What about the mess?
To this I say to you — what mess?
The sheets, the bathroom, the rug — doesn’t it all get ruined?
Let’s talk a few facts.
Birth is messy. It’s part of the beauty of it. However, the way we see it in movies isn’t exactly reality (is it ever?). You probably see fluids being thrown around like Oprah hands out cars in most modern day depictions of hospital birth- that’s not really how it happens.
Actually, there is almost no mess with homebirth, and to the extent that there is, your team of midwives takes care of cleanup and returning your birth setting back to normal prior to leaving your house.
You’d be amazed at how much of a system homebirth midwives have down. In the weeks leading up to birth, they advised me to double make my bed with throw away sheets on top, a plastic tablecloth or sheet under that, and regular sheets underneath (so you can just pull the top sheets, toss in the laundry or throw away, then lay in bed and sleep!). They told me to put a tarp under the birth pool so no water got on the floor and have some towels handy for any water cleanup. At my homebirth, and every other one I’m familiar with, the midwives take care of returning the room back to the way it was prior to the birth. That included draining and deflating the birth pool, getting sheets and towels into the laundry, putting away their equipment and herbs, and took the trash out.
Arguably, my house was cleaner when they left than it was when they arrived.
Can you have a homebirth if you have [CONDITION]?
I’m a lawyer, and I’m going to answer this question like a lawyer. It depends.
States that regulate homebirth have varying rules about who can have a homebirth. And providers that attend homebirths often have their own set of guidelines that “risk out” some moms.
Some of the more common reasons that people believe they might not be able to have a homebirth are high blood pressure, previous cesarean section, breech baby, or twin birth. It is still possible for women in these scenarios to give birth at home, and many of them do. It’s simply a matter of finding a provider that is skilled in your particular medical situation.
Aren’t hospitals cleaner?
Hospitals are for sick people, and therefore are filled with all kinds of infections germs and diseases.
Unless you give birth by c-section, which you wouldn’t be doing at home anyways, you do not need a sterile environment to have your baby. Even with strict cleaning and disinfection protocols, it is very difficult for hospitals to control infection risk because of the large number of sick people in them every day.
Isn’t homebirth more expensive?
Again I say — It depends.
My first birth, which included a two night hospital stay with an epidural, cost my insurance company $55,000 ($36 out of pocket for me- yes, I had amazing insurance).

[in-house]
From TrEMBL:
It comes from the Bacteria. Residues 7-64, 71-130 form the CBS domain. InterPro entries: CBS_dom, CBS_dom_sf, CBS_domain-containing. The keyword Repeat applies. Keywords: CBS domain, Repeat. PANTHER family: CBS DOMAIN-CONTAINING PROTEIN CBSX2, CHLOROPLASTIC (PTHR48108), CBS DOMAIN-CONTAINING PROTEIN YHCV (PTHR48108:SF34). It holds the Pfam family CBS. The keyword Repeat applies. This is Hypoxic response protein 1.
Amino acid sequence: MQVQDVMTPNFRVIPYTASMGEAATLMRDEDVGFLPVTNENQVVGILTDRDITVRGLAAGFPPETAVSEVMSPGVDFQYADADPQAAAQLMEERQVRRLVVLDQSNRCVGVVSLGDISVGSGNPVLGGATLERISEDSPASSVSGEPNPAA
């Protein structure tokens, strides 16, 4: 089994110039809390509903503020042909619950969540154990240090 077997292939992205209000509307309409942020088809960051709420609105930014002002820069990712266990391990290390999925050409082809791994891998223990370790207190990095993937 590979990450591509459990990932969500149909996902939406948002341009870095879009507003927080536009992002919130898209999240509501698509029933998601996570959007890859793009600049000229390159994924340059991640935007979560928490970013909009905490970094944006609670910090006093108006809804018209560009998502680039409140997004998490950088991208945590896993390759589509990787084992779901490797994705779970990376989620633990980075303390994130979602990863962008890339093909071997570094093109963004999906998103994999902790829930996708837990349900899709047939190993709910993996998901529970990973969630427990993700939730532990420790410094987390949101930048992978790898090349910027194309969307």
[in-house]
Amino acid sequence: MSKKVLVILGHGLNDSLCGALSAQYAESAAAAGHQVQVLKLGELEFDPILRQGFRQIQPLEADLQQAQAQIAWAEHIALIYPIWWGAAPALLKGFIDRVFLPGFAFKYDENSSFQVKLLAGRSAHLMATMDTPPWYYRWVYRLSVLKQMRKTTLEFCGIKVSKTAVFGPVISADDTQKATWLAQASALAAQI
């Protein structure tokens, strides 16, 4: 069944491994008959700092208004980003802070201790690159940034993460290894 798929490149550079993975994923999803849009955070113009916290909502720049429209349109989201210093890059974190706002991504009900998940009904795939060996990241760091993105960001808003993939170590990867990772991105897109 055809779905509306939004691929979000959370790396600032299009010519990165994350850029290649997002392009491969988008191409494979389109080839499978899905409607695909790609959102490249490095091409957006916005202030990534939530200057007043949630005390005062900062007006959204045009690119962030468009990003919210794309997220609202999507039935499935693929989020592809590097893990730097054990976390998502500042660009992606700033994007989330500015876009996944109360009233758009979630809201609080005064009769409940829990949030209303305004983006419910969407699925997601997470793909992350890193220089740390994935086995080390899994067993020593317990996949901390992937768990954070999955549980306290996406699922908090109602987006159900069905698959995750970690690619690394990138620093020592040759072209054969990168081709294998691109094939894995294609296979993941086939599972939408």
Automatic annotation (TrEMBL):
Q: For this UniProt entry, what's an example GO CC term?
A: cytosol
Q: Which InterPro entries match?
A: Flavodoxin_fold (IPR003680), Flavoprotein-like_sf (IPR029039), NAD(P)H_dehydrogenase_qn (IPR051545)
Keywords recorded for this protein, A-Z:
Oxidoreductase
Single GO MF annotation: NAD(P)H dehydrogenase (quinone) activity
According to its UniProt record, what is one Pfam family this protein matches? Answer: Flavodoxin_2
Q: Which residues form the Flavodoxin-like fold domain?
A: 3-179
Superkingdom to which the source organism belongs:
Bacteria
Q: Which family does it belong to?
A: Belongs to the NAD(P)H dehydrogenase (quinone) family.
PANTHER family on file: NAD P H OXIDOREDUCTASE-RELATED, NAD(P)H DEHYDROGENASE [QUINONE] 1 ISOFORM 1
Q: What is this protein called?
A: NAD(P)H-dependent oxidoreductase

My second birth, which included a 15 hour stay at a different hospital (unmedicated), cost my insurance company $4,600 ($18 out of pocket for me).
My homebirth, which included 14 prenatal and 5 postpartum in-home visits, along with my birth and the birth pool, cost me $2,500. Because the Commonwealth of Pennsylania fails to license midwives for homebirth, it wasn’t able to be covered by my insurance, so that amount was out of pocket.
My hospital births were expensive for the hospital and my insurance company, but very inexpensive to me because of my amazing military insurance. My homebirth was less expensive for all parties involved but more expensive to me because of licensing failures of the Commonwealth. Go figure.
There’s no easy answer to this question because it depends on where you live. If you have a licensed midwife attend your homebirth, chances are your insurance will cover it. If not, I’d say a few thousand bucks for arguably the most magical experience of your life is welllll worth it. At least it was for me.
Do you have to take your baby to the hospital right after?
No. Your baby will be examined by your homebirth midwife team after birth (when you and baby are ready). They will conduct the same evaluation, APGAR, that is done in the hospital right after birth. If anyone has concerns about your baby, you of course can take the baby to a hospital or arrange for a pediatrician visit right away. You could also call 911 in the event of an emergency.
However, there is nothing or no one that will make you take your baby anywhere. It is your choice if you think something is wrong, just like it is every other moment of parenthood and you have to evaluate whether to make a trip to the hospital or doctor’s office.
Isn’t homebirth illegal?
No. It is not illegal to give birth anywhere. You can choose to birth in a hospital, at home, at a gas station, in a car, in your favorite aisle at Target, at a Celine Dion concert, or just about anywhere you can fathom.
Again, it is not illegal to give birth anywhere.
Depending on what state you live in, though, what may be regulated is who may attend your birth if it is intentionally outside the hospital setting.
What supplies do I need to birth at home?
Depending on your providers, you may not need much at all. That certainly was the case wtih my homebirth. My midwives provided everything that I needed for birth, including the birth pool, and for 24 hours postpartum. However, that will obviously vary by your provider.
It was also important for me to have a beautiful atmosphere for my homebirth, so I spent a lot of time creating that space. I chose to have dozens of candles, fairy lights, birth affirmations, a vision board, and a few letter boards with motivational phrases on them. Whatever your space looks like will be up to you!
I hope that I was able to answer some of your questions through this post; as always I appreciate your thoughtful questions and concerns and discussion points! Happy homebirthing, everyone!
And, in case you missed my social media posts, my episode on the Happy Homebirth Podcast aired yesterday, January 6, 2020. You can find the episode on any of your normal podcast apps or by following the link below!